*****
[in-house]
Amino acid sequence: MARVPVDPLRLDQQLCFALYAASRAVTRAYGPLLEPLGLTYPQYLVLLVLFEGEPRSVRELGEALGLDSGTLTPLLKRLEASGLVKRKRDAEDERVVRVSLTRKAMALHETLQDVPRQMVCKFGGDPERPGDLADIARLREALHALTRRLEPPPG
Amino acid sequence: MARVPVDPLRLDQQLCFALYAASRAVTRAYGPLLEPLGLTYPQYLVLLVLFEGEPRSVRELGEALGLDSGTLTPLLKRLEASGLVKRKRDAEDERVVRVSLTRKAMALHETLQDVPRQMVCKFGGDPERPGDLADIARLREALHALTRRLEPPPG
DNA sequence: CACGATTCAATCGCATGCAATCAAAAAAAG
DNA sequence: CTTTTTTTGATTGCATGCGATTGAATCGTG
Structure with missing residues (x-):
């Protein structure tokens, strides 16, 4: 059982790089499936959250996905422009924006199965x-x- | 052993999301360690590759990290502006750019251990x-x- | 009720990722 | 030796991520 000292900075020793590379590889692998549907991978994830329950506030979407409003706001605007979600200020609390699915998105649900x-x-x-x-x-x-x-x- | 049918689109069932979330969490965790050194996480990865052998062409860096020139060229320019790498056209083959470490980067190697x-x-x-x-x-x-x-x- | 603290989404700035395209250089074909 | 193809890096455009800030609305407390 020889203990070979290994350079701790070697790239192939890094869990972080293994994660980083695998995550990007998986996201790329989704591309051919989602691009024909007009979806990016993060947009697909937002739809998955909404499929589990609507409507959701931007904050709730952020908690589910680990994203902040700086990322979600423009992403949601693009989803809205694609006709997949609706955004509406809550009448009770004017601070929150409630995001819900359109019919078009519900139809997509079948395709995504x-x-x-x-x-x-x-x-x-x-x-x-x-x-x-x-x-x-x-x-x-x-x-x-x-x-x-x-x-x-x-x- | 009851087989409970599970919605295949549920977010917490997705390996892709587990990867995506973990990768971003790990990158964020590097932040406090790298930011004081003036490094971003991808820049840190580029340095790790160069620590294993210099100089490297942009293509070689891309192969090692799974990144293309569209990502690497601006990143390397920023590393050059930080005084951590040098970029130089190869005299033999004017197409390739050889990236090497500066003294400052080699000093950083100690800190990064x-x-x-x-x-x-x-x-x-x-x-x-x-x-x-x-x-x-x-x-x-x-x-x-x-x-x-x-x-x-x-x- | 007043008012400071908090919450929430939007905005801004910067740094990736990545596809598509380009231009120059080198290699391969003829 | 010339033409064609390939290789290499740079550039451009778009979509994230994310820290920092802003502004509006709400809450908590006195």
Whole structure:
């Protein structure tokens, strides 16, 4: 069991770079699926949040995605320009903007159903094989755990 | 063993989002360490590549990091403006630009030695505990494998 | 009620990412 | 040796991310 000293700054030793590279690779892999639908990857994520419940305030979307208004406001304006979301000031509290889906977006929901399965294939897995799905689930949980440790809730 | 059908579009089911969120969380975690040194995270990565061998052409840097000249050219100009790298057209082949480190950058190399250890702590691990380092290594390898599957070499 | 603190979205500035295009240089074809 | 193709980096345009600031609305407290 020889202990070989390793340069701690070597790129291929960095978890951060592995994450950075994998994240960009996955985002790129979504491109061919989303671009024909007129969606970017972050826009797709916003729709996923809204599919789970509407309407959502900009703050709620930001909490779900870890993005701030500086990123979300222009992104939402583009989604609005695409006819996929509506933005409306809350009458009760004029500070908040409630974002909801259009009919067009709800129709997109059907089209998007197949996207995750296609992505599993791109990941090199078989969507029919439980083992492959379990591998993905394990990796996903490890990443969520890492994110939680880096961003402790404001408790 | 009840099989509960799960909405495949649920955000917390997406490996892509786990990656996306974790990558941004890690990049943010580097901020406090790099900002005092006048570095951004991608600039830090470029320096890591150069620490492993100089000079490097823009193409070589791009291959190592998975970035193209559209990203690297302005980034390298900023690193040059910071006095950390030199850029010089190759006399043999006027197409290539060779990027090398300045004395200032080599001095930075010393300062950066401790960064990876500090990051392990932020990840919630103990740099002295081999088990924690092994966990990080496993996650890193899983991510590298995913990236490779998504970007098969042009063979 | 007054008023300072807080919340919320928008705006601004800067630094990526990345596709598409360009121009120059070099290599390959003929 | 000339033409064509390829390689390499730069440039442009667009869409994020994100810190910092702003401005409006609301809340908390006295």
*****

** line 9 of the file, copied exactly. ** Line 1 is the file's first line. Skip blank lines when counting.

């Protein structure tokens, strides 16, 4: 069991770079699926949040995605320009903007159903094989755990 | 063993989002360490590549990091403006630009030695505990494998 | 009620990412 | 040796991310 000293700054030793590279690779892999639908990857994520419940305030979307208004406001304006979301000031509290889906977006929901399965294939897995799905689930949980440790809730 | 059908579009089911969120969380975690040194995270990565061998052409840097000249050219100009790298057209082949480190950058190399250890702590691990380092290594390898599957070499 | 603190979205500035295009240089074809 | 193709980096345009600031609305407290 020889202990070989390793340069701690070597790129291929960095978890951060592995994450950075994998994240960009996955985002790129979504491109061919989303671009024909007129969606970017972050826009797709916003729709996923809204599919789970509407309407959502900009703050709620930001909490779900870890993005701030500086990123979300222009992104939402583009989604609005695409006819996929509506933005409306809350009458009760004029500070908040409630974002909801259009009919067009709800129709997109059907089209998007197949996207995750296609992505599993791109990941090199078989969507029919439980083992492959379990591998993905394990990796996903490890990443969520890492994110939680880096961003402790404001408790 | 009840099989509960799960909405495949649920955000917390997406490996892509786990990656996306974790990558941004890690990049943010580097901020406090790099900002005092006048570095951004991608600039830090470029320096890591150069620490492993100089000079490097823009193409070589791009291959190592998975970035193209559209990203690297302005980034390298900023690193040059910071006095950390030199850029010089190759006399043999006027197409290539060779990027090398300045004395200032080599001095930075010393300062950066401790960064990876500090990051392990932020990840919630103990740099002295081999088990924690092994966990990080496993996650890193899983991510590298995913990236490779998504970007098969042009063979 | 007054008023300072807080919340919320928008705006601004800067630094990526990345596709598409360009121009120059070099290599390959003929 | 000339033409064509390829390689390499730069440039442009667009869409994020994100810190910092702003401005409006609301809340908390006295």